Potential Remedies for the Fiscal Cliff
I have a lot of vacation saved up for the end of the year, so I have to take quite a bit of it so I don’t lose any. (We, like many companies, can only carry so many days of one year’s vacation into another year. Part of the reason is so that people have to take vacation and not get burned out.) So I’ll be off the rest of the year, and this will likely be my last post of the year. When I return, we will have gone off the so-called "Fiscal Cliff", or we’ll have come to an agreement to avoid it.
As the countdown to the Fiscal Cliff continues, tax increases seem to be the only way Democrats in Congress think that we can close the deficit gap. But Michael Barone points out that, no, tax increases alone will never be enough. It’s not the panacea that Democrats claim it to be. He covers some ideas that I’ve mentioned here, like the fact that entitlement spending alone is enough to keep a deficit going. You might think tax increases are helping, but we’d just be sinking slower. Some I’ve engaged in on this subject have said, “well, at least that’s in the right direction”. Sure, if you can hold your breath indefinitely. No, the right direction would be to start rising and get above the water level.
Another point is that higher tax rates don’t typically produce more tax revenue. From the 1940s to the 1960s, when the top marginal tax rate was 91% (91%!), tax revenues always bounced between 15 and 21% of GDP. Why? Because with a tax rate like that, people spend more time looking for tax shelters and other means, legal and illegal, to keep from paying those high rates. Thus, the Congressional Research Service notes that, during those times of 91% top rates, the effective tax rate on earners in the top 1/100th percent was 45%. Now, I understand that only income over a certain amount was charged that 91% rate, but even the tiniest sliver of earners at the very top, the absolute richest of the rich, were still paying an aggregate of less than half the rate. Some studies put it at 1/3rd the rate. This is simple pain avoidance. Threaten to poke me, and I’ll defend myself.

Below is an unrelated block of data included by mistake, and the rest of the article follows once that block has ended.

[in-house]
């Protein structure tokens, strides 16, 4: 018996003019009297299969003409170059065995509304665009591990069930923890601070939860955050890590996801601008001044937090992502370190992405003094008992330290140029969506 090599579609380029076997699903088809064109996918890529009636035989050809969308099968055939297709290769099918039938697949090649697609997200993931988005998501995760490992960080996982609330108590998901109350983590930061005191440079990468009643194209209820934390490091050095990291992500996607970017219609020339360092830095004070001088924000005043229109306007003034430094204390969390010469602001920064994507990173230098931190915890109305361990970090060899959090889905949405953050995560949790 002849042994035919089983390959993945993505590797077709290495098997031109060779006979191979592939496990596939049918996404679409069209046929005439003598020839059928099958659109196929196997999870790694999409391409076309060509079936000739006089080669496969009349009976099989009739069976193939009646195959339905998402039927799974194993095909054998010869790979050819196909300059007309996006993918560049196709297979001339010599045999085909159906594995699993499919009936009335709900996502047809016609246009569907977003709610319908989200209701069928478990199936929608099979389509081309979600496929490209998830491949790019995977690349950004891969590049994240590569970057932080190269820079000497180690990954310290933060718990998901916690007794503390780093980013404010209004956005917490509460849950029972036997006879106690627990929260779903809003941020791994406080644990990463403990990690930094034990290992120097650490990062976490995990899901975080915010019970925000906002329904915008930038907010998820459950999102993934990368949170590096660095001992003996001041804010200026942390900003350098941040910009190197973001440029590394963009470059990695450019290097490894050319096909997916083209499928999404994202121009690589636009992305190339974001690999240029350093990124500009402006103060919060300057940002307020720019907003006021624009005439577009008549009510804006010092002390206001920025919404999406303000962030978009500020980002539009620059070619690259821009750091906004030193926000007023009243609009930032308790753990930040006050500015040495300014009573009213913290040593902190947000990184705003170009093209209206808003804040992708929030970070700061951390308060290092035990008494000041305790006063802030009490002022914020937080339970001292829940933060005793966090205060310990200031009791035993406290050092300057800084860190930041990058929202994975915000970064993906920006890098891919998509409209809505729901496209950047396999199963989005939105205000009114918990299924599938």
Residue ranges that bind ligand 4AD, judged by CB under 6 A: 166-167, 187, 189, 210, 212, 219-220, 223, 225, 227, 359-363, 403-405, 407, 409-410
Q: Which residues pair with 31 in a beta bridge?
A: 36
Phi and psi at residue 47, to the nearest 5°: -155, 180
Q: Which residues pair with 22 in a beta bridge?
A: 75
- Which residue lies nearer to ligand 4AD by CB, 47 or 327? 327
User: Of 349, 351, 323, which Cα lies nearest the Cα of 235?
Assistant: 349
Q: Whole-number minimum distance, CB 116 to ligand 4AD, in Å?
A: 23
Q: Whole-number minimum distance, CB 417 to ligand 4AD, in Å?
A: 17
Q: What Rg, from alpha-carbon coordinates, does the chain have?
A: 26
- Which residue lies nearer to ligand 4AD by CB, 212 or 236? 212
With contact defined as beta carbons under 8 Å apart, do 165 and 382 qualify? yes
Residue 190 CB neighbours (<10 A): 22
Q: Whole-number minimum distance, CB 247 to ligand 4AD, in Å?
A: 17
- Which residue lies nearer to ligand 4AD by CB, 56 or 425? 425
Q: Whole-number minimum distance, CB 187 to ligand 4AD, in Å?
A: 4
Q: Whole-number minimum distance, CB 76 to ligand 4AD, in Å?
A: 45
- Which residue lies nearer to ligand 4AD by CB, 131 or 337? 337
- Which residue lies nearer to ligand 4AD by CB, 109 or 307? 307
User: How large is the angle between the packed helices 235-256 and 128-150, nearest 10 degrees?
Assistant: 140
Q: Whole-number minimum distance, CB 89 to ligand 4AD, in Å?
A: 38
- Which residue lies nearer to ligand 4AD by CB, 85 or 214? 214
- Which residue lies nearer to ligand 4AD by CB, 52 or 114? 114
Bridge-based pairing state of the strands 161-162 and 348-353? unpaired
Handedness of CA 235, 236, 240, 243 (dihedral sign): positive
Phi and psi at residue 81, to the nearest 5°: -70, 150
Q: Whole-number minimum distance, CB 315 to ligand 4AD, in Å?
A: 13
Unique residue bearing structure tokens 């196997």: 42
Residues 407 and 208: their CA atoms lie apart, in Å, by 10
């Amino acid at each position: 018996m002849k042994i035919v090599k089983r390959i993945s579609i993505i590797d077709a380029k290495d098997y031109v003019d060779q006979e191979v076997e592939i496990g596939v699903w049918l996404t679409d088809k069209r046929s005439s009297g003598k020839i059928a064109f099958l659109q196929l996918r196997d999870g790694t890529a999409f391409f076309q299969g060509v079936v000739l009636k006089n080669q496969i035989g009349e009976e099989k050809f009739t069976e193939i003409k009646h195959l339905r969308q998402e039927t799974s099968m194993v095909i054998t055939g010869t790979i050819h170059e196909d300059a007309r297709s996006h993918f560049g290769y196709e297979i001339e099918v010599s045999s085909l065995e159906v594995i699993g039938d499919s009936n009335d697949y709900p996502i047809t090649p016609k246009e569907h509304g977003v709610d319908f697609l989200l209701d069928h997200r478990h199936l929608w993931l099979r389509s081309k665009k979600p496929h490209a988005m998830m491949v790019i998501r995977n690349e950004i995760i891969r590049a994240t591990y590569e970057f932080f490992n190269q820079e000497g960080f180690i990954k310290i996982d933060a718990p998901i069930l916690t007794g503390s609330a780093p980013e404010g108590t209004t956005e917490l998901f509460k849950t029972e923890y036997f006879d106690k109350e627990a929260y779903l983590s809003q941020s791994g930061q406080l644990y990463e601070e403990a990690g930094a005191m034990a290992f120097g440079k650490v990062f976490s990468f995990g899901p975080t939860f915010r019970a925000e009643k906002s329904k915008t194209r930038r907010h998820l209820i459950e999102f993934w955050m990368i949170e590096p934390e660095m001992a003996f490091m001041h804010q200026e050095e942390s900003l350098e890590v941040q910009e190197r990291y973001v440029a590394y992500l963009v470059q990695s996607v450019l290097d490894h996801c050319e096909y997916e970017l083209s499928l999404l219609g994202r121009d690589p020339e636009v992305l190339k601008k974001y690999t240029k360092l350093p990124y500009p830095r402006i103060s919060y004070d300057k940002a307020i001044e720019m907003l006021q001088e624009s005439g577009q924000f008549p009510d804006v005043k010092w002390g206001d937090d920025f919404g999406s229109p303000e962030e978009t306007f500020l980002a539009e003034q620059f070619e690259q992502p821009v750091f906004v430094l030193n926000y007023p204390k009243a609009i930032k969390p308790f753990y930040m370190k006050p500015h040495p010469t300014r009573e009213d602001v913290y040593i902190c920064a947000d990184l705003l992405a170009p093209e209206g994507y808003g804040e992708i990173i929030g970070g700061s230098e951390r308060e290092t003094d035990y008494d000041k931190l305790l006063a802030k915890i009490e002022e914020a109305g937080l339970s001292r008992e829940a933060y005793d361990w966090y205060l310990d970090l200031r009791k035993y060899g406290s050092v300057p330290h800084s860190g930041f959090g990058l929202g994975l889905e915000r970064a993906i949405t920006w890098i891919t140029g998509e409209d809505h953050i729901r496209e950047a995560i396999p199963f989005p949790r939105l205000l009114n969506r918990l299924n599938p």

And so from 1948 until now, with up economies and down, with huge marginal tax rates and smaller ones, under Republican Presidents or Democratic, the total US tax revenue taken in as a percentage of GDP has stayed remarkably consistent in the same range; between 15 and 21%. The tax rate made precious little difference in how much of the economy was taken in taxes.
The lesson, then, is this: grow the economy and restrain spending. If we’re going to get the same percentage of the economy in taxes, then to get more tax revenue, you must grow the economy. And as Barack Obama himself said in 2009, “you don’t raise in a recession.” Now, you might say we’re coming out of the recession, but his proposal for $50 billion more in yet another stimulus says he thinks otherwise. Don’t read his lips; read his proposals.
But, once you get those increases revenues, don’t spend that and more on, well, another stimulus, which, by the administration’s own numbers, grew the economy and the jobs at a slower rate than doing nothing. No, taking more in is not a license to spend it. But it’s what government does. That’s why any deal which includes higher taxes may look like a healthy compromise, but it’s nothing more than a ruse that will put us further in debt.
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